The roots of hockey are buried deep in antiquity. Historical records show that a crude form of hockey was played in Egypt 4,000 years ago, and in Ethiopia around 1,000 BC. Various museums offer evidence that a form of the game was played by Romans and Greeks, and by the Aztec Indians in South America several centuries before Columbus landed in the New World. The modern game of hockey evolved in England in the mid-18th century, primarily around schools.
The first Olympic Hockey Competition for men was held in London in 1908 with England, Ireland and Scotland competing separately. After having made its first appearance in the 1908 Games, hockey was subsequently dropped from the 1912 Stockholm Games, and reappeared in 1920 in Antwerp before being omitted again in Paris in 1924. The Paris organisers refused to include hockey on the basis that the sport had no International Federation.
Hockey had made its first steps toward an International Federation when in 1909 the Hockey Association in England and the Belgium Hockey Association agreed to mutually recognise each other to regulate international hockey relations. The French Association followed soon after, but this was not considered sufficient.
Hockey took its most important step forward in 1924 when the International Hockey Federation, the world governing body for the sport, was founded in Paris under the initiative of Frenchman, Paul Léautey. Mr. Léautey, who would become the first President of the FIH, was motivated to action following hockey's omission from the program of the 1924 Paris Games.
Mr. Léautey called together representatives from seven National Federations to form the sport's international governing body, the Fédération Internationale de Hockey sur Gazon. The six founding members, which represented both men's and women's hockey in their countries, were Austria, Belgium, Czechoslovakia, France, Hungary, Spain and Switzerland.
The women's game developed quickly in many countries and in 1927, the International Federation of Women's Hockey Associations (IFWHA) was formed. The founding members were Australia, Denmark, England, Ireland, Scotland, South Africa, the United States and Wales. After celebrating their respective Golden Jubilees - the FIH in 1974 and the IFWHA in 1980 - the two organisations came together in 1982 to form the FIH.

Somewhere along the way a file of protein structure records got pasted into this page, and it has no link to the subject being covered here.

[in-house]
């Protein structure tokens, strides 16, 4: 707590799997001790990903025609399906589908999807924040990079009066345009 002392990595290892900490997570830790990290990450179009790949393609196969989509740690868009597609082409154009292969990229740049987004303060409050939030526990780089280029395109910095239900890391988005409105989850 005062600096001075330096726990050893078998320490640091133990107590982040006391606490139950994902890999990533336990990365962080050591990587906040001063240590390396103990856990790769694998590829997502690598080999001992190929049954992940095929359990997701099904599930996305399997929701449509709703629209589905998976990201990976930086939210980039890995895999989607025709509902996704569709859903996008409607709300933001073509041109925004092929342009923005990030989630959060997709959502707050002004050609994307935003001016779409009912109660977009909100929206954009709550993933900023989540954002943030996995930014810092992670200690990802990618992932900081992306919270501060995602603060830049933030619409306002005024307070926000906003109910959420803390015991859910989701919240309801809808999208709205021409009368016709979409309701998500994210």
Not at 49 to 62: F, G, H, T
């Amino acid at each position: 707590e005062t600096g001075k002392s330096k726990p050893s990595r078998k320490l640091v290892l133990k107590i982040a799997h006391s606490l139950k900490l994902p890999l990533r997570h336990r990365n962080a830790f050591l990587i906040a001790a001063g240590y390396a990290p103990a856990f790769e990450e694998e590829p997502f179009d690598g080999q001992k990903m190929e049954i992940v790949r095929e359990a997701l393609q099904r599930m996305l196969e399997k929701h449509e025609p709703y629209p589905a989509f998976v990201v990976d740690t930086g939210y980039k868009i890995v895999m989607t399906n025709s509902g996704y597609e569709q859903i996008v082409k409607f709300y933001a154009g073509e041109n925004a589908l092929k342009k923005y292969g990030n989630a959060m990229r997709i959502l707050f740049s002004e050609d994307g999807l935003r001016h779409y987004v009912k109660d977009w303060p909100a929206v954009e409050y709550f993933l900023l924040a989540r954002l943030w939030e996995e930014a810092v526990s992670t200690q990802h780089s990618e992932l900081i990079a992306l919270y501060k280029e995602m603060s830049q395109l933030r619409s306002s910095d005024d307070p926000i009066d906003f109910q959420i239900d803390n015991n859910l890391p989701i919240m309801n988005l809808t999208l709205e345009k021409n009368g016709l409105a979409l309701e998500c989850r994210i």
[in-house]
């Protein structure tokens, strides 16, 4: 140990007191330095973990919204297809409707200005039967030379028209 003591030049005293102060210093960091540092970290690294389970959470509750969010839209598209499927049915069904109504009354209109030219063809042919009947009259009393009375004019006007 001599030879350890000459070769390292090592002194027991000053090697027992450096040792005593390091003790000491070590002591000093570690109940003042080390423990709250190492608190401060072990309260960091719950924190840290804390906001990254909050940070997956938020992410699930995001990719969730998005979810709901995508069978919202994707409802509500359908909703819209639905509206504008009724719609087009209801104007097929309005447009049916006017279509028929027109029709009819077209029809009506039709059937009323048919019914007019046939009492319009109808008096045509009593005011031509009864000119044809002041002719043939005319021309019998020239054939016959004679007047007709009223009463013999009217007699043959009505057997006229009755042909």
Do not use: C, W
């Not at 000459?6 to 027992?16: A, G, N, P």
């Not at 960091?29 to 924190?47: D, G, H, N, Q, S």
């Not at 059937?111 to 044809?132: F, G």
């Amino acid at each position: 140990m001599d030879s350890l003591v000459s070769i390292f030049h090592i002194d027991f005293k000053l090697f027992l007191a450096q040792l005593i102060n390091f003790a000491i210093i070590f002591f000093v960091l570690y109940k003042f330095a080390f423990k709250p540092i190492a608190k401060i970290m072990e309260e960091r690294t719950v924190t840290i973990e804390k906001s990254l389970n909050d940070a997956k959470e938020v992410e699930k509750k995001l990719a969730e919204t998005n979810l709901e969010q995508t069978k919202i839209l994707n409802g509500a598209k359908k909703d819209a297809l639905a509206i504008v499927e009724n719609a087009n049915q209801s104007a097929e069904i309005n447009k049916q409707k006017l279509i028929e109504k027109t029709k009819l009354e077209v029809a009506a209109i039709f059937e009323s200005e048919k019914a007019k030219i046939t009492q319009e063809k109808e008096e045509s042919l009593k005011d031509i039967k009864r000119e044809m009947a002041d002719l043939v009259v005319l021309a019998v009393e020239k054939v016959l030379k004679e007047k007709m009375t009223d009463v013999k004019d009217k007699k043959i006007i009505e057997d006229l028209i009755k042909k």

The growth of the International Hockey Federation from its early beginnings has been most impressive. Denmark joined in 1925, the Dutch men in 1926, Turkey in 1927, and in 1928 - the year of the Amsterdam Olympics - Germany, Poland, Portugal and India joined. India's addition marked the membership of the first non-European country.
By 1964, there were already 50 countries affiliated with the FIH, as well as three Continental Associations - Africa, Pan America and Asia - and in 1974, there were 71 members. Today, the International Hockey Federation consists of five Continental Associations - Europe and Oceania have since joined - and 127 member associations.
Today, the work of the International Hockey Federation is accomplished through the efforts of the FIH President and Honorary Secretary General, working together with an Executive Board, eight Committees, three Advisory Panels and the professional staff in its Lausanne headquarters.
In many ways, the FIH serves as the 'guardian' of the sport. It works in co-operation with both the national and continental organisations to ensure consistency and unity in hockey around the world. The FIH not only regulates the sport, but is also responsible for its development and promotion so as to guarantee a secure future for hockey.
Want to impress your friends with your knowledge of the roots of the rules of hockey? Then read about how the game has evolved through the decades at the links below.